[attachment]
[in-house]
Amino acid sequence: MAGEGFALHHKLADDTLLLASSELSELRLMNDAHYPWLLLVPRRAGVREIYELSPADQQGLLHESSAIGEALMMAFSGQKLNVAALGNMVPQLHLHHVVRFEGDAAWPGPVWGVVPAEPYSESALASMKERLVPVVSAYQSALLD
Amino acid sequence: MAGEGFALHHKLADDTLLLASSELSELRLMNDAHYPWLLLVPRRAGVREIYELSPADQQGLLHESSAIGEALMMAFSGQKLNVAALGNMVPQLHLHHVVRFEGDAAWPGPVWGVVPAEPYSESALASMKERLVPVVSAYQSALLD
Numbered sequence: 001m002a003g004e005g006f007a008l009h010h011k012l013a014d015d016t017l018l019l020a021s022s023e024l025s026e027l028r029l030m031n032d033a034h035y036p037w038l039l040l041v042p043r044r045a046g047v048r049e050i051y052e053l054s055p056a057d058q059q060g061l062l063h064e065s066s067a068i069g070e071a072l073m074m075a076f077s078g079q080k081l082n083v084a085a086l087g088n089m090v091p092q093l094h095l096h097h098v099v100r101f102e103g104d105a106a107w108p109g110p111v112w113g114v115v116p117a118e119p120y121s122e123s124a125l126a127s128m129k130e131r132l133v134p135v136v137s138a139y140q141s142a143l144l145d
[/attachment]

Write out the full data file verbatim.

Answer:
[in-house]
Amino acid sequence: MAGEGFALHHKLADDTLLLASSELSELRLMNDAHYPWLLLVPRRAGVREIYELSPADQQGLLHESSAIGEALMMAFSGQKLNVAALGNMVPQLHLHHVVRFEGDAAWPGPVWGVVPAEPYSESALASMKERLVPVVSAYQSALLD
Amino acid sequence: MAGEGFALHHKLADDTLLLASSELSELRLMNDAHYPWLLLVPRRAGVREIYELSPADQQGLLHESSAIGEALMMAFSGQKLNVAALGNMVPQLHLHHVVRFEGDAAWPGPVWGVVPAEPYSESALASMKERLVPVVSAYQSALLD
Numbered sequence: 001m002a003g004e005g006f007a008l009h010h011k012l013a014d015d016t017l018l019l020a021s022s023e024l025s026e027l028r029l030m031n032d033a034h035y036p037w038l039l040l041v042p043r044r045a046g047v048r049e050i051y052e053l054s055p056a057d058q059q060g061l062l063h064e065s066s067a068i069g070e071a072l073m074m075a076f077s078g079q080k081l082n083v084a085a086l087g088n089m090v091p092q093l094h095l096h097h098v099v100r101f102e103g104d105a106a107w108p109g110p111v112w113g114v115v116p117a118e119p120y121s122e123s124a125l126a127s128m129k130e131r132l133v134p135v136v137s138a139y140q141s142a143l144l145d